Language as a Wall

I said “äiti,” which starts with a diphthong that sounds a bit
like a drunk friend’s hello and ends with a terse request for tea.

You said “mother” or “mom,” perhaps “mama,”
a sweet mumble, easy enough for a child to pronounce.

I liked that I knew the difference and you did not;
it seemed just that I had this, at least.
Everything else—the price of a school lunch,
American boys, MTV, made more sense to you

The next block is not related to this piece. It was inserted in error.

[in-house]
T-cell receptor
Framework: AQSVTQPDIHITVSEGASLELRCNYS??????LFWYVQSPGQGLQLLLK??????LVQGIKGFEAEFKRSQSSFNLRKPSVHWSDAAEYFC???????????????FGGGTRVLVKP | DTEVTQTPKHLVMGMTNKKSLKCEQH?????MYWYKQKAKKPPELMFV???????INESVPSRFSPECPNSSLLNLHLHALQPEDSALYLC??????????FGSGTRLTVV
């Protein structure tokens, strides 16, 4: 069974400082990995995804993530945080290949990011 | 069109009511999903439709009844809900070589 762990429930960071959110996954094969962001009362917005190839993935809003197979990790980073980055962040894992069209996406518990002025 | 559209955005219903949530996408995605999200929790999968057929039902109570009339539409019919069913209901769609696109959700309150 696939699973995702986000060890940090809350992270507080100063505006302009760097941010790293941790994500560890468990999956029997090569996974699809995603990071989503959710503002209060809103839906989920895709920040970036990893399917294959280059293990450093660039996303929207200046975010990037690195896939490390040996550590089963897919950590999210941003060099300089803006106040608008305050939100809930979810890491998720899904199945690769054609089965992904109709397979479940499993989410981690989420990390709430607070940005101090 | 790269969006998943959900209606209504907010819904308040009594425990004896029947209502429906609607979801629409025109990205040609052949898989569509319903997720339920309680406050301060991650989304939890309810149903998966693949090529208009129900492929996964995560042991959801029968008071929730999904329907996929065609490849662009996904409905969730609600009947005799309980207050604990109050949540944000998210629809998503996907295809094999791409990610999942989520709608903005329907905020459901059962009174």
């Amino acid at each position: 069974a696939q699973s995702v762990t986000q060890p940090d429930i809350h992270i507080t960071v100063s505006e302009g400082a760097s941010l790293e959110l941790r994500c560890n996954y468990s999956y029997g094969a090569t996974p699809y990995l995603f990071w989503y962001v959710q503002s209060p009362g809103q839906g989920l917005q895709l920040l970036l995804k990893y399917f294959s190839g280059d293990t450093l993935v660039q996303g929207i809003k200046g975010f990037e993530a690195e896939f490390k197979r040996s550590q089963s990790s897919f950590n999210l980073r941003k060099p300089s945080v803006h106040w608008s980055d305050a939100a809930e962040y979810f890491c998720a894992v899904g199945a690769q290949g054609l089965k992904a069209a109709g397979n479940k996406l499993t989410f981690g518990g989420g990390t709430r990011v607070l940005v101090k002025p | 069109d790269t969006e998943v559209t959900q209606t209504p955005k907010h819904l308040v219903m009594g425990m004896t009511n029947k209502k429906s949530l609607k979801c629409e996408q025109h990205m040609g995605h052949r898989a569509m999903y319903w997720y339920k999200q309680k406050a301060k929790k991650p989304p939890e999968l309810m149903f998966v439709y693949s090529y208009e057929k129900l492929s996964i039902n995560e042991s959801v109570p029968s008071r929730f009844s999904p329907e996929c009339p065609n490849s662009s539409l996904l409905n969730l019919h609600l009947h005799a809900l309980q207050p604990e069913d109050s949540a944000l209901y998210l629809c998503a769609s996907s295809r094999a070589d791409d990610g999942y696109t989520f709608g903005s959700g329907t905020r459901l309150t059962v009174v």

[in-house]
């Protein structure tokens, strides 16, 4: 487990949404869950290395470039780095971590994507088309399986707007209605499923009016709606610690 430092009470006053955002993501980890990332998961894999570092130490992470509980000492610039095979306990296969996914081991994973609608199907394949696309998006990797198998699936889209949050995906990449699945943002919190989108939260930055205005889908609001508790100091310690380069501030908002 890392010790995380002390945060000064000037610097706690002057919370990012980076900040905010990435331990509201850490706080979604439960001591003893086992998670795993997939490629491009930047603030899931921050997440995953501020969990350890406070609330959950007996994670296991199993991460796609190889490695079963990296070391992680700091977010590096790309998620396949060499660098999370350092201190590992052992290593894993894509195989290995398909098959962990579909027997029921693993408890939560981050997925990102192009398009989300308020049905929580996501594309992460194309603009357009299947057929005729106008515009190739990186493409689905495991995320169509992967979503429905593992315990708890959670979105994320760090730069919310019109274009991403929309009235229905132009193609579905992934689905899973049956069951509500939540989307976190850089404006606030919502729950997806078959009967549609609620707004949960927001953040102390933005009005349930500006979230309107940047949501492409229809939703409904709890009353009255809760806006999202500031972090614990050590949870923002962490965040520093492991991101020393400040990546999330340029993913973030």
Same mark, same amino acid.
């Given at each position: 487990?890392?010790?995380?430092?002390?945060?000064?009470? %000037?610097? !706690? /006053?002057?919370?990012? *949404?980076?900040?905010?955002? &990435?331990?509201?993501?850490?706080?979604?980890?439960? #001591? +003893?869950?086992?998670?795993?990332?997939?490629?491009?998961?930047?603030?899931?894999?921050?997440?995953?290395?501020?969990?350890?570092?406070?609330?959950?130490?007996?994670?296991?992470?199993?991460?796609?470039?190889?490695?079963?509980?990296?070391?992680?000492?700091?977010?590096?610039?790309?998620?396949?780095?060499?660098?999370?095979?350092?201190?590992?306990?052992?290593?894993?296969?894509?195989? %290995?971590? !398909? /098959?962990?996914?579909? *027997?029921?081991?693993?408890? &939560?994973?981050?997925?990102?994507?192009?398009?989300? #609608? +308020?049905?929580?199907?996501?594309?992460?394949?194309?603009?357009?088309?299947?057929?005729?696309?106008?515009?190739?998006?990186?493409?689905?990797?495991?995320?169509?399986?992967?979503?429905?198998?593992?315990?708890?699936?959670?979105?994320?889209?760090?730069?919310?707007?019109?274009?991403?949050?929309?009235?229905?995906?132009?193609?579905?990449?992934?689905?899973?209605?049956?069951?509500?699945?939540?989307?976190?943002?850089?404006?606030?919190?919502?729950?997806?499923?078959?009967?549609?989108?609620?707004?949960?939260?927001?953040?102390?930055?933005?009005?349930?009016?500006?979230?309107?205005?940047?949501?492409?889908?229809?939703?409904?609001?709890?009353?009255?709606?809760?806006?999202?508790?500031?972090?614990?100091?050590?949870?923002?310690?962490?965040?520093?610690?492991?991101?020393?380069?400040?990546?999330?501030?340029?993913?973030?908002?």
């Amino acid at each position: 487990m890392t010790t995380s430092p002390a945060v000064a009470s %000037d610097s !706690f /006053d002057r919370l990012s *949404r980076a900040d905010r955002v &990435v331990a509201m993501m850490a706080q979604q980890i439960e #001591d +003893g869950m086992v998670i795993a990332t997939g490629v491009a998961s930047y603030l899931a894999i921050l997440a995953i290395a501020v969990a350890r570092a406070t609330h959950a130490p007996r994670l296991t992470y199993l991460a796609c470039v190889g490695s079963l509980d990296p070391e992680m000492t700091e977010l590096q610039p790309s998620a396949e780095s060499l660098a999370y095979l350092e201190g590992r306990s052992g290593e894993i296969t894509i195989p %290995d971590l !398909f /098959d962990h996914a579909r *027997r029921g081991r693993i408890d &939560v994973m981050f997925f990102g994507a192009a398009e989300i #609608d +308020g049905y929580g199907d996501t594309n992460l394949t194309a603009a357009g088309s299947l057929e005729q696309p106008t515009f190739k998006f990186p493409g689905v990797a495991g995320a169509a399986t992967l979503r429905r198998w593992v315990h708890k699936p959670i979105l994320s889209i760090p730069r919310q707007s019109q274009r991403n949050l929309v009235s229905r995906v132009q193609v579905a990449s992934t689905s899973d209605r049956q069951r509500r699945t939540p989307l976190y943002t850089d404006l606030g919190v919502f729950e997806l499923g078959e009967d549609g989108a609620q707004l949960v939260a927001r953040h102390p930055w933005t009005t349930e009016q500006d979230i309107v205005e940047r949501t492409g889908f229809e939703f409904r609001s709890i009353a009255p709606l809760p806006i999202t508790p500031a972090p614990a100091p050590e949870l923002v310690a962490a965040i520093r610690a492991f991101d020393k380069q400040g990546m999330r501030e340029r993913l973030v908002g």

than it did to me.

When you came to my house for a sleepover,
I resented whatever you might have thought about
our furniture, our food,
assuming it was somehow colored by
what you knew I did not know.

I felt some satisfaction, watching you look
back and forth between me and my mom,
when I brought up the partition of language around myself.
I’m sorry now, for how much I liked to make you think
I was talking about you, even when I wasn’t.